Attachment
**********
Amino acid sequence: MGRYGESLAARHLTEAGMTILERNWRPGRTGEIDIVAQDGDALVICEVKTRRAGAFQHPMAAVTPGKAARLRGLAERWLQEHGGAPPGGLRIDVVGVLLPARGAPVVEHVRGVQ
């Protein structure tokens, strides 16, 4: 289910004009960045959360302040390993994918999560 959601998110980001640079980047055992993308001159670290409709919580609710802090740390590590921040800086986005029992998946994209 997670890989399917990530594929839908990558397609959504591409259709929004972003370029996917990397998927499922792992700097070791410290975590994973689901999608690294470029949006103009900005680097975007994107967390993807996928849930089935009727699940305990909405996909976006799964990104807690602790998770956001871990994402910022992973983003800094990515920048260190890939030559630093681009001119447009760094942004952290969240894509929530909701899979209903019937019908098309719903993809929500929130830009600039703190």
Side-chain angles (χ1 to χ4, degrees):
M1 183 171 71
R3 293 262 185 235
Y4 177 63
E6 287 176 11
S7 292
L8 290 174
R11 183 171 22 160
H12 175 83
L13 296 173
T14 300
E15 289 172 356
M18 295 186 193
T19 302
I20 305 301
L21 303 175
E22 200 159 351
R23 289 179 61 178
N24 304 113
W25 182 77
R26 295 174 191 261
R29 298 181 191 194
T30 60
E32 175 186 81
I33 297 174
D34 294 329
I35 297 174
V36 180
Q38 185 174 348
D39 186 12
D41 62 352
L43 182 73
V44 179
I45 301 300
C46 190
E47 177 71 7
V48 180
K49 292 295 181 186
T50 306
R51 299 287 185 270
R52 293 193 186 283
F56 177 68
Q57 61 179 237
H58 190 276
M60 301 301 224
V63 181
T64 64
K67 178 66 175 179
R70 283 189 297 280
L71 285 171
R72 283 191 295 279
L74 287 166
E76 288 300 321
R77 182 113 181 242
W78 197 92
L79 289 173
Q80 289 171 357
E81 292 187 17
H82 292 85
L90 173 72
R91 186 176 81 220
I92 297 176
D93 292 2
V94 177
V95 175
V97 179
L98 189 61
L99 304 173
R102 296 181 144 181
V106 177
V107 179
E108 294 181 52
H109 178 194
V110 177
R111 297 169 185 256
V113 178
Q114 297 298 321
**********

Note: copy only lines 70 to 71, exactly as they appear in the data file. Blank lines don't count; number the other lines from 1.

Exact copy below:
L99 304 173
R102 296 181 144 181